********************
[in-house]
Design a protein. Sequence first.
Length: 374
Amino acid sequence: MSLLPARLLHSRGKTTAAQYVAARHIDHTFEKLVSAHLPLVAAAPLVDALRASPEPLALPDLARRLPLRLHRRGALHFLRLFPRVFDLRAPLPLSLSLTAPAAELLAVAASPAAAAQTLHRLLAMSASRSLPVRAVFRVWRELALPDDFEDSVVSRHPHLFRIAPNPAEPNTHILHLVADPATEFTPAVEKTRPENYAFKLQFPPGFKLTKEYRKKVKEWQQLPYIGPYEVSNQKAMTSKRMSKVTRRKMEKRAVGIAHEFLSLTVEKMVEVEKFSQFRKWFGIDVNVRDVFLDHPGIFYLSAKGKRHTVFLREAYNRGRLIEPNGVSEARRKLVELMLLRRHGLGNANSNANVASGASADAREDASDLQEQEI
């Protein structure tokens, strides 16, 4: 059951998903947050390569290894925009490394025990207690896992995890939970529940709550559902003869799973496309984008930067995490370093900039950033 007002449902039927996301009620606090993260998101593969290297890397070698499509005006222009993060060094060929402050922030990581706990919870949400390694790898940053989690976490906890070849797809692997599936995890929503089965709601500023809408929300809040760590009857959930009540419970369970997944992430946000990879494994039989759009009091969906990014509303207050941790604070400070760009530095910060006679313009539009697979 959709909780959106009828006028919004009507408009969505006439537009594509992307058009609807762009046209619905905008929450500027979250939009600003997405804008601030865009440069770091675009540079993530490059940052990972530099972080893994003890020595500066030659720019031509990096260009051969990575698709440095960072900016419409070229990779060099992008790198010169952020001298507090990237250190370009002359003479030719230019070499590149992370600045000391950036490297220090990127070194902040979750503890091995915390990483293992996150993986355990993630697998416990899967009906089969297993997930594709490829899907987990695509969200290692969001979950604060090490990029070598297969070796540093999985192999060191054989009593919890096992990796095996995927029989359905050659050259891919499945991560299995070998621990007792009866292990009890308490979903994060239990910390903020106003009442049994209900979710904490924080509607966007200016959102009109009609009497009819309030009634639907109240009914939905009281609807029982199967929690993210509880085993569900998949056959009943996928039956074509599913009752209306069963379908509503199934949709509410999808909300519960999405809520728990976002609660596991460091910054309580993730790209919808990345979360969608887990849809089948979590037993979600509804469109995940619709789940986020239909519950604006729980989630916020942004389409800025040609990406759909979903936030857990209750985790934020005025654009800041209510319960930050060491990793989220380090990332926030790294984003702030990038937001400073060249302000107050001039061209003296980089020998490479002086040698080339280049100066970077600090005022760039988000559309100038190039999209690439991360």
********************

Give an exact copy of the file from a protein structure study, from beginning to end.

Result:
[in-house]
Design a protein. Sequence first.
Length: 374
Amino acid sequence: MSLLPARLLHSRGKTTAAQYVAARHIDHTFEKLVSAHLPLVAAAPLVDALRASPEPLALPDLARRLPLRLHRRGALHFLRLFPRVFDLRAPLPLSLSLTAPAAELLAVAASPAAAAQTLHRLLAMSASRSLPVRAVFRVWRELALPDDFEDSVVSRHPHLFRIAPNPAEPNTHILHLVADPATEFTPAVEKTRPENYAFKLQFPPGFKLTKEYRKKVKEWQQLPYIGPYEVSNQKAMTSKRMSKVTRRKMEKRAVGIAHEFLSLTVEKMVEVEKFSQFRKWFGIDVNVRDVFLDHPGIFYLSAKGKRHTVFLREAYNRGRLIEPNGVSEARRKLVELMLLRRHGLGNANSNANVASGASADAREDASDLQEQEI
């Protein structure tokens, strides 16, 4: 059951998903947050390569290894925009490394025990207690896992995890939970529940709550559902003869799973496309984008930067995490370093900039950033 007002449902039927996301009620606090993260998101593969290297890397070698499509005006222009993060060094060929402050922030990581706990919870949400390694790898940053989690976490906890070849797809692997599936995890929503089965709601500023809408929300809040760590009857959930009540419970369970997944992430946000990879494994039989759009009091969906990014509303207050941790604070400070760009530095910060006679313009539009697979 959709909780959106009828006028919004009507408009969505006439537009594509992307058009609807762009046209619905905008929450500027979250939009600003997405804008601030865009440069770091675009540079993530490059940052990972530099972080893994003890020595500066030659720019031509990096260009051969990575698709440095960072900016419409070229990779060099992008790198010169952020001298507090990237250190370009002359003479030719230019070499590149992370600045000391950036490297220090990127070194902040979750503890091995915390990483293992996150993986355990993630697998416990899967009906089969297993997930594709490829899907987990695509969200290692969001979950604060090490990029070598297969070796540093999985192999060191054989009593919890096992990796095996995927029989359905050659050259891919499945991560299995070998621990007792009866292990009890308490979903994060239990910390903020106003009442049994209900979710904490924080509607966007200016959102009109009609009497009819309030009634639907109240009914939905009281609807029982199967929690993210509880085993569900998949056959009943996928039956074509599913009752209306069963379908509503199934949709509410999808909300519960999405809520728990976002609660596991460091910054309580993730790209919808990345979360969608887990849809089948979590037993979600509804469109995940619709789940986020239909519950604006729980989630916020942004389409800025040609990406759909979903936030857990209750985790934020005025654009800041209510319960930050060491990793989220380090990332926030790294984003702030990038937001400073060249302000107050001039061209003296980089020998490479002086040698080339280049100066970077600090005022760039988000559309100038190039999209690439991360």